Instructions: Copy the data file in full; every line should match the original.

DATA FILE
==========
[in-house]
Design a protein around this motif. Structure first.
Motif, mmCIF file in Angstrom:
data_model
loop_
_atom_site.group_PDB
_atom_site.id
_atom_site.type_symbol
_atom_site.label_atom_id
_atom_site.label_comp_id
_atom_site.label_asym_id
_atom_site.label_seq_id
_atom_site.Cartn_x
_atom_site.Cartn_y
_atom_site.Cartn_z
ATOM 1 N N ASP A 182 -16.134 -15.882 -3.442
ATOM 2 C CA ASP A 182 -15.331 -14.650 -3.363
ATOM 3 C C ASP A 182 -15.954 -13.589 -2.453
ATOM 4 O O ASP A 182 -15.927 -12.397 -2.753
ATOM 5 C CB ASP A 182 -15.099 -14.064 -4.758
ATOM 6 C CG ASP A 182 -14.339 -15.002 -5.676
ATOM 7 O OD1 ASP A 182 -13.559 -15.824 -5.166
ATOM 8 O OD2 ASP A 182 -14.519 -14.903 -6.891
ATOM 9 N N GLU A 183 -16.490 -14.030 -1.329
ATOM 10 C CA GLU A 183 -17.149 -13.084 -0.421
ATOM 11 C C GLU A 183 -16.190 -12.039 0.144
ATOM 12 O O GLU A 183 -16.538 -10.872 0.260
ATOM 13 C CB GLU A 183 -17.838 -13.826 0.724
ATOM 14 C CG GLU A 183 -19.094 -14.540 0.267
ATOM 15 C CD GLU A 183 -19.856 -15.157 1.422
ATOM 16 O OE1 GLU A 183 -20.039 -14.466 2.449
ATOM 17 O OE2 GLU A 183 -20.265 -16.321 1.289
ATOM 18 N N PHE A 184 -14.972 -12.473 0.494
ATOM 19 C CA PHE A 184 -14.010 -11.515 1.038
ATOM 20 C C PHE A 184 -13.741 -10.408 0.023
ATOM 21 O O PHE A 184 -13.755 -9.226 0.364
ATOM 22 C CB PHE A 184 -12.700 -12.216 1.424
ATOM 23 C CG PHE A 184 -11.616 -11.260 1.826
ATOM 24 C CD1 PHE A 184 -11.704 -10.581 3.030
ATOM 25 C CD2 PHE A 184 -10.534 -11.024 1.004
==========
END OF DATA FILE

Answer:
[in-house]
Design a protein around this motif. Structure first.
Motif, mmCIF file in Angstrom:
data_model
loop_
_atom_site.group_PDB
_atom_site.id
_atom_site.type_symbol
_atom_site.label_atom_id
_atom_site.label_comp_id
_atom_site.label_asym_id
_atom_site.label_seq_id
_atom_site.Cartn_x
_atom_site.Cartn_y
_atom_site.Cartn_z
ATOM 1 N N ASP A 182 -16.134 -15.882 -3.442
ATOM 2 C CA ASP A 182 -15.331 -14.650 -3.363
ATOM 3 C C ASP A 182 -15.954 -13.589 -2.453
ATOM 4 O O ASP A 182 -15.927 -12.397 -2.753
ATOM 5 C CB ASP A 182 -15.099 -14.064 -4.758
ATOM 6 C CG ASP A 182 -14.339 -15.002 -5.676
ATOM 7 O OD1 ASP A 182 -13.559 -15.824 -5.166
ATOM 8 O OD2 ASP A 182 -14.519 -14.903 -6.891
ATOM 9 N N GLU A 183 -16.490 -14.030 -1.329
ATOM 10 C CA GLU A 183 -17.149 -13.084 -0.421
ATOM 11 C C GLU A 183 -16.190 -12.039 0.144
ATOM 12 O O GLU A 183 -16.538 -10.872 0.260
ATOM 13 C CB GLU A 183 -17.838 -13.826 0.724
ATOM 14 C CG GLU A 183 -19.094 -14.540 0.267
ATOM 15 C CD GLU A 183 -19.856 -15.157 1.422
ATOM 16 O OE1 GLU A 183 -20.039 -14.466 2.449
ATOM 17 O OE2 GLU A 183 -20.265 -16.321 1.289
ATOM 18 N N PHE A 184 -14.972 -12.473 0.494
ATOM 19 C CA PHE A 184 -14.010 -11.515 1.038
ATOM 20 C C PHE A 184 -13.741 -10.408 0.023
ATOM 21 O O PHE A 184 -13.755 -9.226 0.364
ATOM 22 C CB PHE A 184 -12.700 -12.216 1.424
ATOM 23 C CG PHE A 184 -11.616 -11.260 1.826
ATOM 24 C CD1 PHE A 184 -11.704 -10.581 3.030
ATOM 25 C CD2 PHE A 184 -10.534 -11.024 1.004